Karen Restoule wearing great blue glassesKaren R. Restoule is currently the Associate Chair of the Ontario Parole Board where she has been driving key organizational transformations and performance improvements, while leading a team of adjudicators in the assessment of risk to public safety. Previously, Karen was the Director of the Justice Sector at the Chiefs of Ontario. She started her career in restorative justice and later worked in Ontario’s correctional system.

Karen is co-founder of BOLD Realities, a non-profit organization that convenes dialogue between industry and Indigenous leaders and develops tools to help build understanding. In 2018, BOLD Realities partnered with Canadian Roots Exchange and TakingITGlobal to deliver, a web-based mobile app designed to equip users with information on Indigenous territories.

She is a graduate of the University of Toronto and the University of Ottawa’s French Common Law Program. Karen serves on boards for a number of non-profit organizations and is a fellow with the Public Policy Forum. Karen is a member of Dokis First Nation (Anishinabek Nation) and a beneficiary of the Robinson-Huron Treaty 1850.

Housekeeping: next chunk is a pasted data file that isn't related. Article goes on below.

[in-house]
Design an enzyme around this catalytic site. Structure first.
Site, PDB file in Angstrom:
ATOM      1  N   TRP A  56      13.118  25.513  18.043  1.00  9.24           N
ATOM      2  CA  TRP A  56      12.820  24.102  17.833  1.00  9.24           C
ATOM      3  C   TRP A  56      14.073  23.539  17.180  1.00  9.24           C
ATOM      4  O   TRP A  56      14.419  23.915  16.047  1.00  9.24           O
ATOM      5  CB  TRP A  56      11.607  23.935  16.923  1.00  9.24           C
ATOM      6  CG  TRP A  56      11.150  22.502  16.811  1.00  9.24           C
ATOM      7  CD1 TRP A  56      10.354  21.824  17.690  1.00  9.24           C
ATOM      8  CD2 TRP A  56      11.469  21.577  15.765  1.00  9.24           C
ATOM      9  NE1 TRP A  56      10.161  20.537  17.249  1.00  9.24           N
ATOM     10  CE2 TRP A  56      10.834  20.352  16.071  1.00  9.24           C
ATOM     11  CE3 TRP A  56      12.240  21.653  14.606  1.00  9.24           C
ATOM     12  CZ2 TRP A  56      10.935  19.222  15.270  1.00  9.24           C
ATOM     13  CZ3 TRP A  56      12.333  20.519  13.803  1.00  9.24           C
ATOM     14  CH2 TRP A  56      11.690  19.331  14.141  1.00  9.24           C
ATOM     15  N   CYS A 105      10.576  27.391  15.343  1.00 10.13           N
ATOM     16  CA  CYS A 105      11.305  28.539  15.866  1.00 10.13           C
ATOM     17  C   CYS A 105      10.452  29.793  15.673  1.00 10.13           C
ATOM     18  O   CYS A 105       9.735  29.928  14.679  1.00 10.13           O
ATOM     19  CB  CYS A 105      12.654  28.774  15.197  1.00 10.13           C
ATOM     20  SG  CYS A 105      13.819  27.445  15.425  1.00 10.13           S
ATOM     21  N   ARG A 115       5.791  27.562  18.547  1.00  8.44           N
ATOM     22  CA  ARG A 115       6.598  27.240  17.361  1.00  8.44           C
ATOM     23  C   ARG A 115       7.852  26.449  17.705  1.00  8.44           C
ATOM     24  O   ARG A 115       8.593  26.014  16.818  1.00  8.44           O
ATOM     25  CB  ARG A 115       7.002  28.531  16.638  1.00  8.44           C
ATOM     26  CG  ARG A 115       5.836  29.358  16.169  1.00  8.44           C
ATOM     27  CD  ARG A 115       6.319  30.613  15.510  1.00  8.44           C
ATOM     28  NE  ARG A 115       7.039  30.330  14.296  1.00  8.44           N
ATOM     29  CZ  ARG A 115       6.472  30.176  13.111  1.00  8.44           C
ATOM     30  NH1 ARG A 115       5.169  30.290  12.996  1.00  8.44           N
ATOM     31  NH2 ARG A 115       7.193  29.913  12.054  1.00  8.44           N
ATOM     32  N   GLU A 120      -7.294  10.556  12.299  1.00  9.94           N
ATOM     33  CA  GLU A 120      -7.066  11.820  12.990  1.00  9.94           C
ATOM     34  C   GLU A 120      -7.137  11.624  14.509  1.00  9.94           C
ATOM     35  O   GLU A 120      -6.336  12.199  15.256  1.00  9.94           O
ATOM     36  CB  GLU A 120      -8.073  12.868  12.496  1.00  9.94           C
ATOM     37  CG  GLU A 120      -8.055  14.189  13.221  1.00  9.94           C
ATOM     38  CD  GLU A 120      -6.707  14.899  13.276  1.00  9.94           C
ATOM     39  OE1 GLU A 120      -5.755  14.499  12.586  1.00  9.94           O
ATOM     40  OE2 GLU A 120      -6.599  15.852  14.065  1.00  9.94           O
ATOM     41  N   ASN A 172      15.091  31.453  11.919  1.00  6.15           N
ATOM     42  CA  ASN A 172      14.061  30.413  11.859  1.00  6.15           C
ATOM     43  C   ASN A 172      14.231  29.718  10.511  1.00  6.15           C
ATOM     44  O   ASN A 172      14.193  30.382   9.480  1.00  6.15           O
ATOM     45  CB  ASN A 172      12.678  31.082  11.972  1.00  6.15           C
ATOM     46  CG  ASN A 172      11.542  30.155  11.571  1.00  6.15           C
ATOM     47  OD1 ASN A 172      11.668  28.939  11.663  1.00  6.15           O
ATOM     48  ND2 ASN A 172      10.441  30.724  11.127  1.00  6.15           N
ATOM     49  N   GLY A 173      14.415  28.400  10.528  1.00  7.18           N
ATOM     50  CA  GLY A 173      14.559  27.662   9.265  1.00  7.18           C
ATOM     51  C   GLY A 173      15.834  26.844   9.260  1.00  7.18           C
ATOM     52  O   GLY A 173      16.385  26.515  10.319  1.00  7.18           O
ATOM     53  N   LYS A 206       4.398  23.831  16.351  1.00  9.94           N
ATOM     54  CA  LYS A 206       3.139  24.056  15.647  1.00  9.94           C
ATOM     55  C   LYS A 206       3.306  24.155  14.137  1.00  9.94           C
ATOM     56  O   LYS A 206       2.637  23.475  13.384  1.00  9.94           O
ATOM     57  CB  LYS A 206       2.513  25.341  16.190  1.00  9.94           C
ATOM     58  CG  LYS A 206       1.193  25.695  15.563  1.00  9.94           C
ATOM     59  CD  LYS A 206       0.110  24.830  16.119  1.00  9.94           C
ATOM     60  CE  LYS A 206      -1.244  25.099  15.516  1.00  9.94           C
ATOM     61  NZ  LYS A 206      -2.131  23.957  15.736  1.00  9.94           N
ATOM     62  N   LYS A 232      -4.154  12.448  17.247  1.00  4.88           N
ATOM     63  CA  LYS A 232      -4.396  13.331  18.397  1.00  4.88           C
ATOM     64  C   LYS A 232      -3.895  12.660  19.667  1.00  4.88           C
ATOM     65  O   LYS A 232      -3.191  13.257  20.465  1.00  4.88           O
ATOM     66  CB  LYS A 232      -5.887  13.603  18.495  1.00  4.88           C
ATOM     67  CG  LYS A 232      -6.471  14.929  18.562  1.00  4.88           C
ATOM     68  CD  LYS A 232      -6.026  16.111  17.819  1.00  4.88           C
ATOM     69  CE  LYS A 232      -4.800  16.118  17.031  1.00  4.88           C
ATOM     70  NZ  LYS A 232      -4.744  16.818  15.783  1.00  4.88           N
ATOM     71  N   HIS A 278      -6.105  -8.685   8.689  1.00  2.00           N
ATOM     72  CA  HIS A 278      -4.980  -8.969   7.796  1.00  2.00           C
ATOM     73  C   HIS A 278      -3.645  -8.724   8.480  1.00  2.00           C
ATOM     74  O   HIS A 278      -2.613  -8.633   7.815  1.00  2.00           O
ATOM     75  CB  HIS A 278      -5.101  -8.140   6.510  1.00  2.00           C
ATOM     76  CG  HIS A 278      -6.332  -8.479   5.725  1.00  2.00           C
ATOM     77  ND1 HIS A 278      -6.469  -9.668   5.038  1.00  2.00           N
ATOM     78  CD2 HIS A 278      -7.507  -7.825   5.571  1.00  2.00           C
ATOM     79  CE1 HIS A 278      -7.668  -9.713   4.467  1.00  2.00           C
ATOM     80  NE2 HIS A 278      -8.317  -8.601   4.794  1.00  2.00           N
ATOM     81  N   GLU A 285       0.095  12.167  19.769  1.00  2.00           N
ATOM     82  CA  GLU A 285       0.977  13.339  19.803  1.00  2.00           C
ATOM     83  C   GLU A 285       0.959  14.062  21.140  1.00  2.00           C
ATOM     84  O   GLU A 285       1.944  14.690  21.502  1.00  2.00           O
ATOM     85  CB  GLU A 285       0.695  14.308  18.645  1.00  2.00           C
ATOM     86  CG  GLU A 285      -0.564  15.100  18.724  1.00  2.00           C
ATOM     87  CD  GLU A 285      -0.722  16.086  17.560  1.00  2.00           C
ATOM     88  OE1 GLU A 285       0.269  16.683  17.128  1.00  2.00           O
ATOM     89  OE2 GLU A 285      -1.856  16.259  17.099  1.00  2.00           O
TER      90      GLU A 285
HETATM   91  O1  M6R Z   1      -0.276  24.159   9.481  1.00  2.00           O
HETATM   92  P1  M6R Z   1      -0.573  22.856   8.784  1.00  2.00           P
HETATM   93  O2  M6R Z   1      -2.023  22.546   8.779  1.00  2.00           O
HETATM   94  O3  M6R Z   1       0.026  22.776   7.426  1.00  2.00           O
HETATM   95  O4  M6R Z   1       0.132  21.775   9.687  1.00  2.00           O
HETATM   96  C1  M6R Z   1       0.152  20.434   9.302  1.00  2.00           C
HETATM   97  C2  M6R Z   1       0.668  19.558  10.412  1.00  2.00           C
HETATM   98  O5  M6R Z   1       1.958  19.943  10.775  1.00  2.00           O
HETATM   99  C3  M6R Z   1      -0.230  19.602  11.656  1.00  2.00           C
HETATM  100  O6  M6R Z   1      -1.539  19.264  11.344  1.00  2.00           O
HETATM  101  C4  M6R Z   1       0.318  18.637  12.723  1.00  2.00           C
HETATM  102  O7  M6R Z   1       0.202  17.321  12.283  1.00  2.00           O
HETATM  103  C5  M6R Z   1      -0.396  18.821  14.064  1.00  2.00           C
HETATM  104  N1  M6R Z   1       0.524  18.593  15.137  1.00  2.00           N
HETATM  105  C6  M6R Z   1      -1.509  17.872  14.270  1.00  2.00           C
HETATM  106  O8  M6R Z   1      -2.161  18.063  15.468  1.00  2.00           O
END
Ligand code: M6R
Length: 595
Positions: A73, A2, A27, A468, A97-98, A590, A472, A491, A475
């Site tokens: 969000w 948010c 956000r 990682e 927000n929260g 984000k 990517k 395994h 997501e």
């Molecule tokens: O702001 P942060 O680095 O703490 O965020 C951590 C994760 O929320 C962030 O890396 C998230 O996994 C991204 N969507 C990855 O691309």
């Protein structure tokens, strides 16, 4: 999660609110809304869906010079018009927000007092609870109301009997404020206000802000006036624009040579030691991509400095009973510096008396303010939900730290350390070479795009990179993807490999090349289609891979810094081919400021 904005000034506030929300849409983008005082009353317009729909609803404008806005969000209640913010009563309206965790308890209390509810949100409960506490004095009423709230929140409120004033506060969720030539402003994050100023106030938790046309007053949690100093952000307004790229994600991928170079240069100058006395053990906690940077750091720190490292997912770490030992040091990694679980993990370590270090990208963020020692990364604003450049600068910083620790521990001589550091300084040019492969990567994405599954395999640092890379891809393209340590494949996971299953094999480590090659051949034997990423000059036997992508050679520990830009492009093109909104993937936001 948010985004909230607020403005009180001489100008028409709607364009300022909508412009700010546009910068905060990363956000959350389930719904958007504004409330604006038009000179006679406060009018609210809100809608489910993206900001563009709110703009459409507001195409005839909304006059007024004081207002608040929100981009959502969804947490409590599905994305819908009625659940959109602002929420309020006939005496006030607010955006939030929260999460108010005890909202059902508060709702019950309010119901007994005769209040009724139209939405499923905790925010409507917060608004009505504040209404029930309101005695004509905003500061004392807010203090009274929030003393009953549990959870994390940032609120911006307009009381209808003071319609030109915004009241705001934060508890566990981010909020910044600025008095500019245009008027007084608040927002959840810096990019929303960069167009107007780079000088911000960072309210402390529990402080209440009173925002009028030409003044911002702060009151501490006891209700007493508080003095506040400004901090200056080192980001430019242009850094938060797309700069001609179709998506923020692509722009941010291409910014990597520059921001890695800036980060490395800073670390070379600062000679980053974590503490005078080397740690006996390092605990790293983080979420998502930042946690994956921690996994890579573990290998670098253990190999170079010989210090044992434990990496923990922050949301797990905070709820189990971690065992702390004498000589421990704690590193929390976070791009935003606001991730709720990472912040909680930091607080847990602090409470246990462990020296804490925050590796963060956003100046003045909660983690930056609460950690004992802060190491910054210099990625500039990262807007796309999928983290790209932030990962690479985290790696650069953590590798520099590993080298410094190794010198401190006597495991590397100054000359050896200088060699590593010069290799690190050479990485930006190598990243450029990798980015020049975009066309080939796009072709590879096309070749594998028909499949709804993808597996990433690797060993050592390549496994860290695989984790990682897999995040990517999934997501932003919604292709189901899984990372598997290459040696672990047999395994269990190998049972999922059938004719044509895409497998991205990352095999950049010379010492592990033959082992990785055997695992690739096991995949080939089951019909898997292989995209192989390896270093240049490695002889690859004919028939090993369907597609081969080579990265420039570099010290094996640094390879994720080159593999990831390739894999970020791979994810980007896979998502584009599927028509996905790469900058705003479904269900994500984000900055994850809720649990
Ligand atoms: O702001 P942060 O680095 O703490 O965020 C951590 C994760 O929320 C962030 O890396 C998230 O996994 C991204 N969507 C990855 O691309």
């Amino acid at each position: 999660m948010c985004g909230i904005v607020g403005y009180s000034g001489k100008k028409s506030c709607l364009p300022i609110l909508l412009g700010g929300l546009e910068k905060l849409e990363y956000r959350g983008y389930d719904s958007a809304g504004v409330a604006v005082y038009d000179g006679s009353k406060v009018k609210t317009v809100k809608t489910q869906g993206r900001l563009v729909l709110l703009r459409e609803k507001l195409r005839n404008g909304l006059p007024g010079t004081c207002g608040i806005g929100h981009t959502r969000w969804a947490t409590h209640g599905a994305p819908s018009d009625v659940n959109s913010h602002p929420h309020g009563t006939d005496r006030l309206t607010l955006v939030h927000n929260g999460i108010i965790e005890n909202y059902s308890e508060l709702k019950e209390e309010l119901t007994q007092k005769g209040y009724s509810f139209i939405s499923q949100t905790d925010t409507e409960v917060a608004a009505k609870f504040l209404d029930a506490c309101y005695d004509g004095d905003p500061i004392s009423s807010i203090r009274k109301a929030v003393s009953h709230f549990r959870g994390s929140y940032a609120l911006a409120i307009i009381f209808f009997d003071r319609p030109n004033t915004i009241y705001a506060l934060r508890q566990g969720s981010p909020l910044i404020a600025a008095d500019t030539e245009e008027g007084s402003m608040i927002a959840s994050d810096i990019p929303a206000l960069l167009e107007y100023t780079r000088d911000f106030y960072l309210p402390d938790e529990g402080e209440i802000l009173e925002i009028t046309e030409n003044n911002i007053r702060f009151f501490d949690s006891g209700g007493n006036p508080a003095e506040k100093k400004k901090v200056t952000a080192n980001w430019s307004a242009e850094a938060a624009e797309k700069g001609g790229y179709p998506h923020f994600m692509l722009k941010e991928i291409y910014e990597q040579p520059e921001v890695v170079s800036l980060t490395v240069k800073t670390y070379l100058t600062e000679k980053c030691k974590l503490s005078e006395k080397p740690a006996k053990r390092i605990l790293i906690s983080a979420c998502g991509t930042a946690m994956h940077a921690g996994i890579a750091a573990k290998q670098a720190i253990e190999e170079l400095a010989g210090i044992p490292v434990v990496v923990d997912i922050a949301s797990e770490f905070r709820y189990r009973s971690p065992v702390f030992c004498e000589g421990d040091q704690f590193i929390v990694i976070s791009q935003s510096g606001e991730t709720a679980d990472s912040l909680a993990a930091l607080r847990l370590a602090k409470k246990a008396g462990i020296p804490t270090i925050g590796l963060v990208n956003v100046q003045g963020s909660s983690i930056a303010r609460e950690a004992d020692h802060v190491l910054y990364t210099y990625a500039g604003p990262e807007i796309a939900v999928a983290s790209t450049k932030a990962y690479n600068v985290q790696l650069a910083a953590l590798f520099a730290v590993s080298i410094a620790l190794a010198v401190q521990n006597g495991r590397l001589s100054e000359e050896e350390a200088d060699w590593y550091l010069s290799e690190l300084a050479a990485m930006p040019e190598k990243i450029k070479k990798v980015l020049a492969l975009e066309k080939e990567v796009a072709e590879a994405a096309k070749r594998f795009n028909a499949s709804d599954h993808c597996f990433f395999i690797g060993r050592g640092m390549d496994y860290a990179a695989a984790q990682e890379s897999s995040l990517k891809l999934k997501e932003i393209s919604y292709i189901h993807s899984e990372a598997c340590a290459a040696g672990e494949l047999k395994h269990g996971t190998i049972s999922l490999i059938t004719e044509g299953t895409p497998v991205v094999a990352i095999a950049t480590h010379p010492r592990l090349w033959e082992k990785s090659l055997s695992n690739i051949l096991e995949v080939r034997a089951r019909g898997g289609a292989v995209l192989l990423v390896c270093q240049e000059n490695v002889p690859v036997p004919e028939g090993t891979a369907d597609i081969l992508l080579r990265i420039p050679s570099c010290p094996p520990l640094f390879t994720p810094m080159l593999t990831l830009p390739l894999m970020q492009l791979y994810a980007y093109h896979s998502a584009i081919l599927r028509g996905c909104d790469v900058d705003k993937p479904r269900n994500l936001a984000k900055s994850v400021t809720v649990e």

Jean Paul (JP) Gladu is currently the President and CEO of the Canadian Council for Aboriginal Business (CCAB) based in Toronto. Anishinaabe from Thunder Bay JP is a member of Bingwi Neyaashi Anishinaabek located on the eastern shores of Lake Nipigon, Ontario. JP completed a forestry technician diploma in 1993, obtained an undergraduate degree in forestry from Northern Arizona University in 2000, holds an Executive MBA from Queens University and the ICD.D from Rotman School of Management University of Toronto. He currently sits on the board of Directors for Ontario Power Generation and Noront Resources and has most recently been appointed as the Chancellor for St. Paul’s University College Waterloo.  His career path includes work with Aboriginal communities and organizations, environmental non-government organizations, industry and governments from across Canada. In JP’s current capacity at CCAB, he speaks extensively not only across Canada but internationally as he shares the challenges and successes of Aboriginal business in Canada today.